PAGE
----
• Thanks for let­ting me know—John’s point about se­lec­tion effects is well taken.

It would have been bet­ter for me to say that be­cause many LessWrongers en­joyed the se­quence, it wasn’t too ver­bose for ev­ery­one, though clearly it was for some read­ers.

• He is prob­a­bly more like Isaac New­ton than you think. For in­stance, he seems to spend a lot of time “cor­rect­ing” mod­ern trans­la­tions of the Bible.

• Good­ness, that’s quite a few of Baez’s check­boxes ticked. Is there any chance he’s mak­ing fun?

• I think the pro­fes­sion­als are, for the most part, com­pletely incompetent

I con­sider my­self to be the next Isaac Newton

That’s a few points on the crack­pot in­dex.

Although, look­ing at a few of his other an­swers he doesn’t seem to get many more, and in his de­scrip­tion of one of his the­o­ries he lists both pre­dic­tions and limi­ta­tions.

• Ron doesn’t seem to ap­pre­ci­ate that the au­di­ence of these posts isn’t in­ter­ested in what Ron wants them to learn (which is, the math­e­mat­ics of quan­tum me­chan­ics), and for this au­di­ence, tak­ing your time is not a prob­lem.

It seems like he has un­re­al­is­ti­cally high ex­pec­ta­tions of peo­ple...

• Yeah, Ron’s main com­plaint is that it pre­sents Eliezer’s philo­soph­i­cal view­point, not Ron’s. Of course Ron’s philo­soph­i­cal view­point is so right that, un­like Eliezer’s, it isn’t a philo­soph­i­cal view­point at all!

• To me it seemed like he was only com­plain­ing that the Quan­tum se­quence is too easy. Some­thing like—the first part was so ob­vi­ous, that it’s a waste of time; and the sec­ond part should be shorter and full of heavy math, be­cause those able to solve all that math would get a bet­ter un­der­stand­ing.

I guess the point of the se­quence was to ex­plain some con­fu­sion and mys­tery re­lated to quan­tum physics, with­out hav­ing to do all the heavy math. For me, it worked. Some parts could be shorter, but I am thank­ful that the other parts were not shorter.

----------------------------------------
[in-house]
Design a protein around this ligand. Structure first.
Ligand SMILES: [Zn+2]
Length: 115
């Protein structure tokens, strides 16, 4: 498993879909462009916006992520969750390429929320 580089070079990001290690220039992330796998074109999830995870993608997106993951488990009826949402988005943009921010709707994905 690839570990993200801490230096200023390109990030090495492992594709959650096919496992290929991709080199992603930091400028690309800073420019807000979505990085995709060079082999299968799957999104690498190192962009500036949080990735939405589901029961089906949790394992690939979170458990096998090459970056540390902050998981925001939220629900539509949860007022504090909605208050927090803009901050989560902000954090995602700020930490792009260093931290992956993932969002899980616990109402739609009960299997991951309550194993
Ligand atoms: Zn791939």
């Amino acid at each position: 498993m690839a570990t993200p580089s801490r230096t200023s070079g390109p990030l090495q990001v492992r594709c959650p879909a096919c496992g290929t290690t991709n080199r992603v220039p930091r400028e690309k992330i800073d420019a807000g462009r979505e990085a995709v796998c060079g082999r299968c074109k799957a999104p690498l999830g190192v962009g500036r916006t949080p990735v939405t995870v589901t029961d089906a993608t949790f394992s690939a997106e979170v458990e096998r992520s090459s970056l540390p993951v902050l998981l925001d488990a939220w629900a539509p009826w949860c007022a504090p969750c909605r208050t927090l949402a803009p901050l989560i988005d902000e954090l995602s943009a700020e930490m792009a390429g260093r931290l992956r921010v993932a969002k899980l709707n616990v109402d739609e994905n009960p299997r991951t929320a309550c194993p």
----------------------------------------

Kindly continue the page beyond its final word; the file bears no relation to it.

• I think that he ba­si­cally nailed it.

EDIT: I sus­pect that what he means by pos­i­tivism is ac­tu­ally post­pos­i­tivism.

• An ex­tremely in­tel­li­gent friend of mine who is study­ing physics as an un­der­grad­u­ate read the quan­tum physics se­quence for me. He said that it’s an alright ex­pla­na­tion of the physics, in an ex­tremely qual­i­ta­tive way. He said that he would per­son­ally pre­fer to learn QM prop­erly via a text­book with more math.

He says that the ar­gu­ment given for many-wor­lds is valid iff you’re a sci­en­tific re­al­ist, which not all sci­en­tists are.

• He says that the ar­gu­ment given for many-wor­lds is valid iff you’re a sci­en­tific re­al­ist, which not all sci­en­tists are.

Even then it’s not ob­vi­ous that it’s the best ex­pla­na­tion. Also de­pends on what you mean by ‘re­al­ist’.

• Ap­par­ently Solvent’s friend thinks oth­er­wise. My own physics-grad-stu­dent friend said MWI looks like the best ex­pla­na­tion, though he stressed our ig­no­rance more.

• Well, an­other ap­proach is to de­cide that prob­a­bil­ity dis­tri­bu­tions are merely a clas­si­cal ap­prox­i­ma­tion to den­sity ma­tri­ces.

• in Con­figu­ra­tions and Am­pli­tude, a mul­ti­pli­ca­tion fac­tor of i is used for the mir­rors where −1 is cor­rect.

So, it’s a bit more sub­tle. The −1 refers to a phase shift of pi, which is what you hap­pen when re­flect­ing off of e.g. a silver mir­ror. And in­ter­est­ingly, you only get this if you re­flect off of the silvered side, rather than the glass side (I only found this out when googling for this :D ). But for a di­elec­tric mir­ror (which hap­pens to be sym­met­ric), I think you get a phase shift of pi/​2, which cor­re­sponds to mul­ti­ply­ing by i.